One of the great things about running the Athena Alliance is the vast amount of knowledge and sharing. For the summer months I thought I would like to share with you some of the great articles written by my Alliance Members. On May 21st 2008 our Alliance Partner, Scott Kress stood on top of the world, he had just successfully climbed Mount Everest. He shares with us his experience and his learning.
Learning In Thin Air
by Scott Kress
It was a pretty amazing site to see the world from that height; the same height at which commercial jets fly. I could see hundreds of mountains, the arid Tibetan plateau and the curvature of the earth. I was exhausted, but overjoyed at the same time.
I am not an exceptional athlete, nor am I not blessed with super human genes, I am just a normal person with a dream. My dream was to climb Mount Everest. Like many people with big dreams I did not really expect it would come true. I had climbed mountains all around the world and even guided for a while, but I always felt Everest was out of my league. Then life happened and I changed my view.
In the spring of 2005 my father was diagnosed with terminal cancer. He was admitted to the hospital and died a few short months later. It was too quick, he was too young (61). I was shocked that something like this could happen. I started to think about my mortality. Then I was also diagnosed with cancer. Mine was caught early and with a couple quick surgeries I was cancer free, but the shaky hold we have on life would stay with me. I resolved to live out my dream of climbing Everest.
I set out for Nepal in March with four friends. Our intention was to climb the North East Ridge in Tibet, but the Chinese Government had different ideas and cancelled our climbing permit at the last moment. They were fearful that we would interfere with their attempt to carry the Olympic Torch to the summit as part of the international torch relay. We quickly re-grouped and secured a permit to climb Everest from Nepal via the South Col and the Southeast Ridge.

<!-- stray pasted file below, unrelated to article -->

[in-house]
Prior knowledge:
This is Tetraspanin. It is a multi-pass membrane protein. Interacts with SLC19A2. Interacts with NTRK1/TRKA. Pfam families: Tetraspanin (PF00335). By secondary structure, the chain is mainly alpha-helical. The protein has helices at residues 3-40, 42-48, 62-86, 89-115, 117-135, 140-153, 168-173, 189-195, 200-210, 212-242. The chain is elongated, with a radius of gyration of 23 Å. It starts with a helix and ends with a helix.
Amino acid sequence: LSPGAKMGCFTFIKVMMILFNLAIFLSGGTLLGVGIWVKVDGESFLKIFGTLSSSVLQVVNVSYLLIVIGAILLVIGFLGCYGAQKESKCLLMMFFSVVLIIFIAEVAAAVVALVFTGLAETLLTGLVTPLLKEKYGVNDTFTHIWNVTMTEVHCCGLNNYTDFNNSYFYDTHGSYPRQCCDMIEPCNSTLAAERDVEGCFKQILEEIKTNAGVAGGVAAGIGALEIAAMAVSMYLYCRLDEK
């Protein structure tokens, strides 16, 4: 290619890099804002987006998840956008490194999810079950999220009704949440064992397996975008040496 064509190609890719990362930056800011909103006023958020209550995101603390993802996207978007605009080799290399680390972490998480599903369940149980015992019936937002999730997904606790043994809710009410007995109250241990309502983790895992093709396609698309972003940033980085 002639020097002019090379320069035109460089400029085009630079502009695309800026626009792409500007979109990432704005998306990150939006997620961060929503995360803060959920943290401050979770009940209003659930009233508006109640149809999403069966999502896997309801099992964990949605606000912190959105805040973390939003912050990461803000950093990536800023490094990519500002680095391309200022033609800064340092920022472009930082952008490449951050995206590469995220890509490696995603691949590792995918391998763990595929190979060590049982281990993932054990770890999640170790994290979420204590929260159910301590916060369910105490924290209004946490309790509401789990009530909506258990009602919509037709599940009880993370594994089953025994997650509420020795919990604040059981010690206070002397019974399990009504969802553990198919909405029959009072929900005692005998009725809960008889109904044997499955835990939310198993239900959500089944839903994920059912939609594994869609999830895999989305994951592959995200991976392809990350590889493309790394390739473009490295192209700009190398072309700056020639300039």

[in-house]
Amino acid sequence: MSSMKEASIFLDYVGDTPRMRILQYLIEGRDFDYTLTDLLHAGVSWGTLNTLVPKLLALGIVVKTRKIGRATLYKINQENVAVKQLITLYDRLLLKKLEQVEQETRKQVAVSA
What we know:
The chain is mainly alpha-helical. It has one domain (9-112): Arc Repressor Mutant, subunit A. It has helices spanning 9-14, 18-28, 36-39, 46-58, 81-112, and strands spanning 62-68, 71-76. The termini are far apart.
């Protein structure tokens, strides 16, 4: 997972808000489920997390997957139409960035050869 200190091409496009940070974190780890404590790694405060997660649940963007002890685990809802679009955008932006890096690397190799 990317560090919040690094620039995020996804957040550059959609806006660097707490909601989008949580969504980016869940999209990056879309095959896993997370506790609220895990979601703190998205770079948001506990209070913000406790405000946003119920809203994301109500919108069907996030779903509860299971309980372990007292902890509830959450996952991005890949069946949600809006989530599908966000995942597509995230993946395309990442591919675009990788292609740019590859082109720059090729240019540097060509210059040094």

Arriving at Base camp on April 9 we set up our home for the next seven weeks. We began to make climbs higher and higher on the mountain to acclimatize to the lower levels of oxygen and pressure and to stock our higher camps with gear, food, and oxygen. I traveled through the infamous Ice Fall, spend time at our rugged Camp 2, climbed the deadly Lhotse face and slept at the spectacular Camp 3. I was now acclimatized and ready to make my attempt on the summit.
Once the Chinese made the summit with the torch we were allowed to go for the top. After Camp 3 I strapped on supplemental oxygen and marvelled at the increase in my strength. I had not noticed how debilitating the lack of oxygen had been. My trip to Camp 4 was exciting and full of anticipation of what would come.
Once in Camp 4 I spent several hours resting, drinking, and eating and then departed for the summit at 9pm. The full moon shown bright and led the way through the dark. The night was relatively warm, but my toes were still going numb. After 10 hours of climbing I reached the top. I slumped down in the snow too tired to celebrate, but I had made it.
Our team put four out of five climbers on the top. We were very successful and I attribute this success to several factors. We worked as a team and supported one another and we did not succumb to the rumours and drama all around us. I dared to dream and with careful planning and attention to detail, I made it.
Lessons learned on the world’s highest mountain:
1) Leadership is a critical factor in determining the team culture.
2) Team dynamics will strongly influence personal commitment and level of risk adversity
3) A strong team culture enables the team members to better deal with change and challenge
4) At least 50% of success is dependent upon leadership and team development
5) Open communication helps leaders make better decisions and helps team members commit to the decisions
6) Open communication also enables the leader to learn of challenges as they arise and alternative views and ideas
7) No one can climb alone, it takes a team to make it to the top